Reed does not dispute an awareness of the lower court proceedings, wherein the decedent was seeking entry of a judgment of divorce. Personal service of the complaint is conceded. Reed does not deny having been served with a proposed copy of the judgment of divorce before its entry, notice of default, at least two notices of the hearing or trial date and receipt of the final judgment as entered by the trial court. There is no suggestion that the proposed judgment differs, in any significant manner, wording or content from the actual judgment ultimately entered by the trial court. There is no suggestion that the very simple and straightforward judgment contained any confusing or ambiguous language that could not be easily comprehended. Reed acknowledges that she did not appear, respond or file any pleadings in the original action and that she took no steps to challenge or set aside the final judgment.
We find that Reed's consistent course of acts and conduct established a valid waiver. Reed cannot take refuge in the assertion that her “mere silence” did not constitute a waiver. Although Reed made neither an express declaration nor engaged in a demonstrable physical act this is insufficient to challenge the efficacy of her waiver as “mere silence” will not constitute a waiver “unless there is an obligation to speak.” In the divorce proceedings, Reed was obligated to “speak” by filing an answer or contesting the entry of the default and subsequent judgment. As she did neither, her lack of action speaks louder than words and is just as binding. Reed's consistent failure to respond or to challenge the resultant judgment in a timely manner constitutes a waiver “implied by conduct inconsistent with the intent to assert the right.”24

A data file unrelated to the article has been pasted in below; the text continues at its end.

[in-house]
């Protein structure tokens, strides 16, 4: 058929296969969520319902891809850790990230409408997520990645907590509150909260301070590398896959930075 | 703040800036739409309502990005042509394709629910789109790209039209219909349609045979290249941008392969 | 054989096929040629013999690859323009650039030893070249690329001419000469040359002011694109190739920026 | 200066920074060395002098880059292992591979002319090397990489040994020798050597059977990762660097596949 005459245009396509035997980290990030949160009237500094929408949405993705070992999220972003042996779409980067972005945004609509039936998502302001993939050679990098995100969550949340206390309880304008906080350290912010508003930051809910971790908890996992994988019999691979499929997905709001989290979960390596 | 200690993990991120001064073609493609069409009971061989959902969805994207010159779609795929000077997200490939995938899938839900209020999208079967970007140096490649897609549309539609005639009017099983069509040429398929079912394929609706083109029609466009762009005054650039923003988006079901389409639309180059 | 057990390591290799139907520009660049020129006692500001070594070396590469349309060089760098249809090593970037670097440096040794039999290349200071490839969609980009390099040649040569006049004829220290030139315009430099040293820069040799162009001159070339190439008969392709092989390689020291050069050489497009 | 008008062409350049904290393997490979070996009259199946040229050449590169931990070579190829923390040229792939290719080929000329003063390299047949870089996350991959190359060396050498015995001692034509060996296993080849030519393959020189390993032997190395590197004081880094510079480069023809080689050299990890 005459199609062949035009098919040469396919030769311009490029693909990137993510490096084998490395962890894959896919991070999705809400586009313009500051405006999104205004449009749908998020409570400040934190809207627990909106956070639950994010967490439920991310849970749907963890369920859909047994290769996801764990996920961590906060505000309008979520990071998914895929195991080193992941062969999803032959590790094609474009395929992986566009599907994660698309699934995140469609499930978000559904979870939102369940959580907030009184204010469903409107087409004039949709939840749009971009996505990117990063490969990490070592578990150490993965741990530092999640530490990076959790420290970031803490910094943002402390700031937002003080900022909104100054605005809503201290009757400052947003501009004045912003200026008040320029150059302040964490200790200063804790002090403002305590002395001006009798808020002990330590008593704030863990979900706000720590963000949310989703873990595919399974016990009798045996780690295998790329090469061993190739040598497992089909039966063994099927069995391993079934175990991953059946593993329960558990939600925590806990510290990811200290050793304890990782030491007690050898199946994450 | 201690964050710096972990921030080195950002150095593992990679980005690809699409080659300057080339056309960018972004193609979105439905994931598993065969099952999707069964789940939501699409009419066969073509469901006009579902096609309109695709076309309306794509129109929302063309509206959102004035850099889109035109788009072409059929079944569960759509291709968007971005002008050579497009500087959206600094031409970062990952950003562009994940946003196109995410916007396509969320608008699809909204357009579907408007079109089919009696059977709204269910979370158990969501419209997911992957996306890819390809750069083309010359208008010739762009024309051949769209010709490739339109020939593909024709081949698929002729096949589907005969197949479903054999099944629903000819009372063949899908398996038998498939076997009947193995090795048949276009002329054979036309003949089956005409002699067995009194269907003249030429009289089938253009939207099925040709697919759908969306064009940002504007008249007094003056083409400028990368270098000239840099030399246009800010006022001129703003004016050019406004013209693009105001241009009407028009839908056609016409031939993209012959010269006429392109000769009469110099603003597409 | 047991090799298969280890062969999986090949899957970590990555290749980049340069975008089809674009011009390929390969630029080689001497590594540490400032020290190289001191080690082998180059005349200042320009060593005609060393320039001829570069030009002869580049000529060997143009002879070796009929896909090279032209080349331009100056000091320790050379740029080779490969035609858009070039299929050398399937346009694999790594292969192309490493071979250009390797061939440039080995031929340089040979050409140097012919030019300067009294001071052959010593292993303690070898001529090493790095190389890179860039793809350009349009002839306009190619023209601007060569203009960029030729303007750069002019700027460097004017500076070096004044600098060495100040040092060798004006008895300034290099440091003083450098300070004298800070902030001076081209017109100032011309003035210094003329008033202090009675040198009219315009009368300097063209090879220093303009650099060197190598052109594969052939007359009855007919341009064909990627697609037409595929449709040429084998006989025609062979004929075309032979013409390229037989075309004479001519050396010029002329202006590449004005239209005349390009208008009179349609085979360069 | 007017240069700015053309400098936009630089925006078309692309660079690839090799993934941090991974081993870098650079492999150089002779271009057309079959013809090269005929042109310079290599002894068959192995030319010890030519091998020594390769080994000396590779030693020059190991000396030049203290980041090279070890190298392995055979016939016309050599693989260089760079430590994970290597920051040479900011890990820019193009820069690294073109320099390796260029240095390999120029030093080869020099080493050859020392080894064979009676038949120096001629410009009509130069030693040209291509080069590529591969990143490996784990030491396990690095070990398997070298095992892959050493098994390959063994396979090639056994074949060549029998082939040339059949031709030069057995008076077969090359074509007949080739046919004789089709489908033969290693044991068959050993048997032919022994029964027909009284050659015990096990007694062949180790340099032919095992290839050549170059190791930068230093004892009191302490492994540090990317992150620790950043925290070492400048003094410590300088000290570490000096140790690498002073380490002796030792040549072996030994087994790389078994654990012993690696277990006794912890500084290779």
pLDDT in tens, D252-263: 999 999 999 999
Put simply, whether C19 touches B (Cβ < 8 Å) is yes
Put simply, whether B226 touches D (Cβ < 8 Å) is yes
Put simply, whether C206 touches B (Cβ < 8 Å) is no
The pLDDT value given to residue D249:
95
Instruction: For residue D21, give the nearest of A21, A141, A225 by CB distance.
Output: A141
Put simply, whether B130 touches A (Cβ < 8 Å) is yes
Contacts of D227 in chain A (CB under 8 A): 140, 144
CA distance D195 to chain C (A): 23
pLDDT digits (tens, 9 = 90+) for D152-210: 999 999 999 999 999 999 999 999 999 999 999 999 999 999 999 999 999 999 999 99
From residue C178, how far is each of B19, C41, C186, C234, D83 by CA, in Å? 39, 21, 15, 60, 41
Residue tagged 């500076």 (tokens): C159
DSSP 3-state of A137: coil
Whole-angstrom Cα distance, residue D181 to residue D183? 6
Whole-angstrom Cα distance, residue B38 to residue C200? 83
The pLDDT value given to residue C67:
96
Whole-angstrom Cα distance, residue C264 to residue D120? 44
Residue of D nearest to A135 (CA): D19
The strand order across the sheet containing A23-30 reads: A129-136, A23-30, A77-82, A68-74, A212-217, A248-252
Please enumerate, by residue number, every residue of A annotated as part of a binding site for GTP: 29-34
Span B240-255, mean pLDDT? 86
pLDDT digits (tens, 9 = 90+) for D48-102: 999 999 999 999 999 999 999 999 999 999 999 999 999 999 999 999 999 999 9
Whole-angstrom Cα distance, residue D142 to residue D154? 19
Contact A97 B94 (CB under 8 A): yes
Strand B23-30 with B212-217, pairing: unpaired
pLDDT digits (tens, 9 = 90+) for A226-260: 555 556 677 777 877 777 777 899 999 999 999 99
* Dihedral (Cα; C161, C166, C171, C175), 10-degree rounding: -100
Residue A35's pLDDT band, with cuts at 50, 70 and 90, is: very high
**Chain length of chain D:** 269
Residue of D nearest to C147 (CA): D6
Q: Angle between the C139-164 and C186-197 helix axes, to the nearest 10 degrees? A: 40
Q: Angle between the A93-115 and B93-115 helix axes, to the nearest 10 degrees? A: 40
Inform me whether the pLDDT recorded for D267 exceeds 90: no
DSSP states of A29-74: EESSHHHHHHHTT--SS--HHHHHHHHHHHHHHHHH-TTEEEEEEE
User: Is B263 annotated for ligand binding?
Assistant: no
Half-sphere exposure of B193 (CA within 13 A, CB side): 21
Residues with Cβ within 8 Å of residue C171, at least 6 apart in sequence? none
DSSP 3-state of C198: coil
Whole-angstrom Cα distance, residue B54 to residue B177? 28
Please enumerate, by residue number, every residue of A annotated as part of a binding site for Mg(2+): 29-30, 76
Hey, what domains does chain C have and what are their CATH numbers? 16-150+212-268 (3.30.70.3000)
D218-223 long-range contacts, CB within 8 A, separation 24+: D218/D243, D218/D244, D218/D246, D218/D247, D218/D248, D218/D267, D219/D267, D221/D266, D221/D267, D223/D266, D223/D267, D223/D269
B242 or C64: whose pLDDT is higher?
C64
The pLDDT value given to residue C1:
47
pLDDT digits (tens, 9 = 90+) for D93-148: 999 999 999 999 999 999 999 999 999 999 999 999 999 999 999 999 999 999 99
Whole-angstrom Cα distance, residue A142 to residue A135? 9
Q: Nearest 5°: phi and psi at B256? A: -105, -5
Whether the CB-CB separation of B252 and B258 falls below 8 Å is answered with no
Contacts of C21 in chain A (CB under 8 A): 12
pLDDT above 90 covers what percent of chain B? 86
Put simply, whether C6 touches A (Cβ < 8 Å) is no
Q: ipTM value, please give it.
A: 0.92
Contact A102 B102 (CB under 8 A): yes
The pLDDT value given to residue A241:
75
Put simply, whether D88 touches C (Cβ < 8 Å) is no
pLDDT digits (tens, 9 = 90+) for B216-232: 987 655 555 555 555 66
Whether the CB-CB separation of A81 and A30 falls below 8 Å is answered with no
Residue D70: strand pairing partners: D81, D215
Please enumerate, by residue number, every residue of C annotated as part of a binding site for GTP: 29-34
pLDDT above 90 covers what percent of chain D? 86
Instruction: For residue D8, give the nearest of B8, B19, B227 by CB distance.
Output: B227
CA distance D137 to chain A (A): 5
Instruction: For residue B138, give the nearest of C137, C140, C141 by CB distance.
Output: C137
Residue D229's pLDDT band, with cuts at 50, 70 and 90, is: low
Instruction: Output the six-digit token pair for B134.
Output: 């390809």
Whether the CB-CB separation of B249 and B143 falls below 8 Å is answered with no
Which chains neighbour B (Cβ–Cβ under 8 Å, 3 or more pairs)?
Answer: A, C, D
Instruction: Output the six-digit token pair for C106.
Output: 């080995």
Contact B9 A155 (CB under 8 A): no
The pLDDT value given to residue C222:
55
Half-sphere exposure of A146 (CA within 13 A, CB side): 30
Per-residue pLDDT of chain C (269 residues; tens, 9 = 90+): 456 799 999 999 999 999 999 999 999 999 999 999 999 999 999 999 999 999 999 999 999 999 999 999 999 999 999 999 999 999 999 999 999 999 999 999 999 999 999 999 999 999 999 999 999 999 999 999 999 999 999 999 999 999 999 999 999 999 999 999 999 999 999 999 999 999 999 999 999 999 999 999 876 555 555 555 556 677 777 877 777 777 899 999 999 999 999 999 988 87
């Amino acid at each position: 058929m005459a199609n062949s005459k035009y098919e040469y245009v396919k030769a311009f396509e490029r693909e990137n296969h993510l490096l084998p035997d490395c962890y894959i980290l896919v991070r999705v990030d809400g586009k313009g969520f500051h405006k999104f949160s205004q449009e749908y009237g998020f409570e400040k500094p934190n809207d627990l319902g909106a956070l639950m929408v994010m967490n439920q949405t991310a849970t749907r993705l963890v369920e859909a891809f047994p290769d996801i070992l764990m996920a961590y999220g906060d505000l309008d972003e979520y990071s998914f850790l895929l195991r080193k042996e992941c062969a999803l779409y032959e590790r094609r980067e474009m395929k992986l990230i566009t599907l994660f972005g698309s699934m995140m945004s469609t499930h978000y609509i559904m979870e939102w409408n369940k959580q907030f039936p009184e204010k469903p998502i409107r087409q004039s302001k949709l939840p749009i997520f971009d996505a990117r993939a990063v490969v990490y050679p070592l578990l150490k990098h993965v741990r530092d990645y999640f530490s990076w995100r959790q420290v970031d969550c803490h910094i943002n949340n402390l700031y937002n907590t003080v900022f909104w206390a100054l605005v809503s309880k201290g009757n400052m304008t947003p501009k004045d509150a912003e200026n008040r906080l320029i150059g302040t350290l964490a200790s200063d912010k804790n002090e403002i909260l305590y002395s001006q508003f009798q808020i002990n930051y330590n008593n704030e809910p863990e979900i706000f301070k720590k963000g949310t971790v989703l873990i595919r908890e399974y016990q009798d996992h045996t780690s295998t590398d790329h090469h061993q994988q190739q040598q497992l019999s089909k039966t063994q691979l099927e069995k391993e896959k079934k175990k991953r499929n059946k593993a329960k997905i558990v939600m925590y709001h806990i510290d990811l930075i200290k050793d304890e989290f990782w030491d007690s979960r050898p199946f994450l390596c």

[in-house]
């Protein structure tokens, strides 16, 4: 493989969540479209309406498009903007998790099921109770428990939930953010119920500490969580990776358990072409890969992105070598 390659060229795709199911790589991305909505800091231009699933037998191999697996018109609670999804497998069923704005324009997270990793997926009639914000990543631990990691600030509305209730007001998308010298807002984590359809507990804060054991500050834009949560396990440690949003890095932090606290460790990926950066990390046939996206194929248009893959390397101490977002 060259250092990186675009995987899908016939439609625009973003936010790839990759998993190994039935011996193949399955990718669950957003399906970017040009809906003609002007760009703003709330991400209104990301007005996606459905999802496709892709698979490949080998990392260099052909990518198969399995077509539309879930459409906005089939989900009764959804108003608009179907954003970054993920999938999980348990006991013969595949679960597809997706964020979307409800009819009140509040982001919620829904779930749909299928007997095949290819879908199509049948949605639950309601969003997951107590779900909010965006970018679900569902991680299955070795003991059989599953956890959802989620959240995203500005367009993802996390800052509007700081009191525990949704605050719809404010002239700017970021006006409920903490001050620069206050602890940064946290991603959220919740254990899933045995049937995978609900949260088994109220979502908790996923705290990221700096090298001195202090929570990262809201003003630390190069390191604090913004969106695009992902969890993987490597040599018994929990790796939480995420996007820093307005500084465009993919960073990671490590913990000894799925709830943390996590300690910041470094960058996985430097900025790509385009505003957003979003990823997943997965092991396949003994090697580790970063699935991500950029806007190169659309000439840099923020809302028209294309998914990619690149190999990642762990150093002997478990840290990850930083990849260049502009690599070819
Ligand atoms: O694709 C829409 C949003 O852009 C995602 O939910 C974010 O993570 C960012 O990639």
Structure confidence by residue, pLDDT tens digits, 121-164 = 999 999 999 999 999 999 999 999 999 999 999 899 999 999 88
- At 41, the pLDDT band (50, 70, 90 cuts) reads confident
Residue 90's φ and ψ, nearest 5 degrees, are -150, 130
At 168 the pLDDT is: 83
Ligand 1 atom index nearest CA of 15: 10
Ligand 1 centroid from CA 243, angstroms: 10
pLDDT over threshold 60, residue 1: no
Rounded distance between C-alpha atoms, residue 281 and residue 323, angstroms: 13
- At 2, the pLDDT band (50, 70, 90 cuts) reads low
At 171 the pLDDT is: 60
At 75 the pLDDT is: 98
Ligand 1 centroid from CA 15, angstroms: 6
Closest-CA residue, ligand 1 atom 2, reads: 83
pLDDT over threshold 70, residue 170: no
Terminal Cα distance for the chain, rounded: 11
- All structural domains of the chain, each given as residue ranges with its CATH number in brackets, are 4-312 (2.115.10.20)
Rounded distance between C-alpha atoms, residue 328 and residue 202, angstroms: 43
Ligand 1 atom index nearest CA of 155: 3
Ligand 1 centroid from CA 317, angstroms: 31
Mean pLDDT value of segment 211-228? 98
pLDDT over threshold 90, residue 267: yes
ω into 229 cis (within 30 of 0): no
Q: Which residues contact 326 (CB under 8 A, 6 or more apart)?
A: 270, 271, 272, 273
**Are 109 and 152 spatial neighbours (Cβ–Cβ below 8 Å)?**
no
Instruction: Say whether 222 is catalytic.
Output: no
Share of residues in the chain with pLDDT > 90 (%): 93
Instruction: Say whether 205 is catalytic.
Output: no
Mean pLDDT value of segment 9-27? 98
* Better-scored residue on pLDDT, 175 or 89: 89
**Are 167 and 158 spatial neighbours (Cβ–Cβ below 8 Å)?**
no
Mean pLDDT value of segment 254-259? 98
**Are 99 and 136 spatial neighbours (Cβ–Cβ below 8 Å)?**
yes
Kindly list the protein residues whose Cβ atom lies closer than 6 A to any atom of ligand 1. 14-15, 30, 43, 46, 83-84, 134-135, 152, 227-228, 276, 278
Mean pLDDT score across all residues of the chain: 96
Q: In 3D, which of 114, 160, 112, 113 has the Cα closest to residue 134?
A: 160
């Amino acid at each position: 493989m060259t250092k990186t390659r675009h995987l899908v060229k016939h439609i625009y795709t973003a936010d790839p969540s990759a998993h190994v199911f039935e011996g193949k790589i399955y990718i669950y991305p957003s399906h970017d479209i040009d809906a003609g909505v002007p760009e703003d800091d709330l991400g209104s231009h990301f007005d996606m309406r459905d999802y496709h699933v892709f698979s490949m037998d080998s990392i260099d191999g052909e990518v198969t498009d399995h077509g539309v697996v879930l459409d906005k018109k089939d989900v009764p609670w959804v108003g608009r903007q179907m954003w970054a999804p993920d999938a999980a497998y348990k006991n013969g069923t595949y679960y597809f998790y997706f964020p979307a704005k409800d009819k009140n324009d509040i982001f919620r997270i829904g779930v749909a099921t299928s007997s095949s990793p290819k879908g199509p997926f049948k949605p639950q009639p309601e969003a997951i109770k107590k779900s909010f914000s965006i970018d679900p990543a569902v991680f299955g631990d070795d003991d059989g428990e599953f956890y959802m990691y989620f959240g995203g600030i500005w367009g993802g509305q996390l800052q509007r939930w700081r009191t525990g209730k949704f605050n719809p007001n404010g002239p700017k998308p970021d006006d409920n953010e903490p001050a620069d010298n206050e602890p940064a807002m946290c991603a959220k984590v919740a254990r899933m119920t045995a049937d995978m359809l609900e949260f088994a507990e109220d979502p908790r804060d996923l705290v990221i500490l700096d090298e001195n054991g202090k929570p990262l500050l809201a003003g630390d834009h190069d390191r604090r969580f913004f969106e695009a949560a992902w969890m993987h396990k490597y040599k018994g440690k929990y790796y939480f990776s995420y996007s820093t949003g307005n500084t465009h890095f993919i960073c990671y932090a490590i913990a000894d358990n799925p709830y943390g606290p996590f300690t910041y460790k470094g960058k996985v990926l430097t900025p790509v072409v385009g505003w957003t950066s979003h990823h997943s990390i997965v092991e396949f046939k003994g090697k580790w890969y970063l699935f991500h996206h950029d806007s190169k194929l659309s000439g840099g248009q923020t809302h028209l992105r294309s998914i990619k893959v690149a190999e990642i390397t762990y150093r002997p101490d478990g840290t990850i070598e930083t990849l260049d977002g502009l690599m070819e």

We note that in the lower court proceedings to enforce the judgment of divorce, Reed's counsel implies a lack of competency or impaired functioning at the time of the divorce, stating “Mae Reed's conduct is consistent to someone suffering from a major disabling mental disorders [sic], if anything.” First, there is nothing in the lower court record to substantiate such an opinion and it is difficult to discern how counsel came to this conclusion from interactions with his client occurring two years or more after the divorce proceedings occurred. Second, such an opinion is highly questionable as it was not elicited from an “expert” in the field of either psychology or psychiatry and fails to recognize the inherent difference between an individual having a condition or diagnosis and the actual impact of that condition or diagnosis on their competency. This blatant assertion is also suspect as Reed was clearly cognizant and functioning when, following the death of her ex-husband, she successfully filed a claim for his benefits. It would seem that any constraints or impediments she was operating under at the time of entry of the divorce judgment were sufficiently resolved to permit her to pursue receipt of the decedent's benefits.